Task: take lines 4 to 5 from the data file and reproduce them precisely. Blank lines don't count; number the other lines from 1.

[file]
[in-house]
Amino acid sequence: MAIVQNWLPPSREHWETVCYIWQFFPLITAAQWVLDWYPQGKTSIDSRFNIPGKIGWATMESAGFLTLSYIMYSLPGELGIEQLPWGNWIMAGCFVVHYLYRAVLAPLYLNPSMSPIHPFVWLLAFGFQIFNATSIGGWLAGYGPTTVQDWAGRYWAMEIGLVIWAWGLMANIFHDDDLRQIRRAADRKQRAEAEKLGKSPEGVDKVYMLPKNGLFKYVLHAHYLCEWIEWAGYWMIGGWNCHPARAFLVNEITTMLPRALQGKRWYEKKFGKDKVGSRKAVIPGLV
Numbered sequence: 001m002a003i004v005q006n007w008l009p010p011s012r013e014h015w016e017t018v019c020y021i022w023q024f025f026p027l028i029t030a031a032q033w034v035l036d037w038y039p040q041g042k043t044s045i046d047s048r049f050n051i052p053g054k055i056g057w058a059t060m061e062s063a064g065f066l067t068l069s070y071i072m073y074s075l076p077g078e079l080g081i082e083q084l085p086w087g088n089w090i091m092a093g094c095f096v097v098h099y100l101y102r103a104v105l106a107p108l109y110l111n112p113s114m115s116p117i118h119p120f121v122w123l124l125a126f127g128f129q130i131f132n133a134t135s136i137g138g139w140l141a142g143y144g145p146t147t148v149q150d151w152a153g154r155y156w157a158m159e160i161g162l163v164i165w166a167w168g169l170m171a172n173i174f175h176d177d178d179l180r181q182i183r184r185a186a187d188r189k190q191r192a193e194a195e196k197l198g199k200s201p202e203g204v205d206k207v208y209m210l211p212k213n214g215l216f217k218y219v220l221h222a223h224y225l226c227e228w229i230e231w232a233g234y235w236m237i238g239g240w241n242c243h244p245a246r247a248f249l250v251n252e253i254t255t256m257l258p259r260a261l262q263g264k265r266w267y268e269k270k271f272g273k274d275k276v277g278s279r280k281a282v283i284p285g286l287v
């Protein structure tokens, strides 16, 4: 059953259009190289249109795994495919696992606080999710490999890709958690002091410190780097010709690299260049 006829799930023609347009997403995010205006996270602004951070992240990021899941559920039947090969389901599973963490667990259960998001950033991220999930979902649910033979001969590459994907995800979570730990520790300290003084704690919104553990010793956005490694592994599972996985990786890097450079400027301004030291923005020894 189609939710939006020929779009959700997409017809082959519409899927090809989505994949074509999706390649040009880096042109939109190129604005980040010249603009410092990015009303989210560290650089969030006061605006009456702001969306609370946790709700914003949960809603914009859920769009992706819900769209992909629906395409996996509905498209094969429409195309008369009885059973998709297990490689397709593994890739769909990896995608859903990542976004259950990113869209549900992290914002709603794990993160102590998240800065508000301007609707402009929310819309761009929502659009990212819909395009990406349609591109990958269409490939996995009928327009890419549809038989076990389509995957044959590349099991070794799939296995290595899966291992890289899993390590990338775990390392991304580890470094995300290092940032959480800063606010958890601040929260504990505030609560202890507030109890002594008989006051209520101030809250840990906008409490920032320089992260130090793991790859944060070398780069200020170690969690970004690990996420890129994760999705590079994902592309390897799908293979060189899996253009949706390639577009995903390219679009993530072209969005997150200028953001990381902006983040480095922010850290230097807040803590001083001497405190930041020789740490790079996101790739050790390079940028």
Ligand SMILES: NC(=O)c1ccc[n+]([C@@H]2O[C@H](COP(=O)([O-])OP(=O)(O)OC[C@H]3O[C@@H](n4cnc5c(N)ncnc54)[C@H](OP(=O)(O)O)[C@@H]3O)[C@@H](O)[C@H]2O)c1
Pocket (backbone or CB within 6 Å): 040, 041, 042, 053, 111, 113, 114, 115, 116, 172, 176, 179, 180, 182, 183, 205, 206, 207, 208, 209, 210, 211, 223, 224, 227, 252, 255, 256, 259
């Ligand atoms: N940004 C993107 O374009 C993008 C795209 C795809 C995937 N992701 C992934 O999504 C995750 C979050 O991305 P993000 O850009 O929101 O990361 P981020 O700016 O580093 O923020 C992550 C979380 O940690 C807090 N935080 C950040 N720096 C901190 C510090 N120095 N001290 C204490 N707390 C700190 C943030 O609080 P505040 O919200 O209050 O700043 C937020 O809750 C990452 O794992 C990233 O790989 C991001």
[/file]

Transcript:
């Protein structure tokens, strides 16, 4: 059953259009190289249109795994495919696992606080999710490999890709958690002091410190780097010709690299260049 006829799930023609347009997403995010205006996270602004951070992240990021899941559920039947090969389901599973963490667990259960998001950033991220999930979902649910033979001969590459994907995800979570730990520790300290003084704690919104553990010793956005490694592994599972996985990786890097450079400027301004030291923005020894 189609939710939006020929779009959700997409017809082959519409899927090809989505994949074509999706390649040009880096042109939109190129604005980040010249603009410092990015009303989210560290650089969030006061605006009456702001969306609370946790709700914003949960809603914009859920769009992706819900769209992909629906395409996996509905498209094969429409195309008369009885059973998709297990490689397709593994890739769909990896995608859903990542976004259950990113869209549900992290914002709603794990993160102590998240800065508000301007609707402009929310819309761009929502659009990212819909395009990406349609591109990958269409490939996995009928327009890419549809038989076990389509995957044959590349099991070794799939296995290595899966291992890289899993390590990338775990390392991304580890470094995300290092940032959480800063606010958890601040929260504990505030609560202890507030109890002594008989006051209520101030809250840990906008409490920032320089992260130090793991790859944060070398780069200020170690969690970004690990996420890129994760999705590079994902592309390897799908293979060189899996253009949706390639577009995903390219679009993530072209969005997150200028953001990381902006983040480095922010850290230097807040803590001083001497405190930041020789740490790079996101790739050790390079940028």
Ligand SMILES: NC(=O)c1ccc[n+]([C@@H]2O[C@H](COP(=O)([O-])OP(=O)(O)OC[C@H]3O[C@@H](n4cnc5c(N)ncnc54)[C@H](OP(=O)(O)O)[C@@H]3O)[C@@H](O)[C@H]2O)c1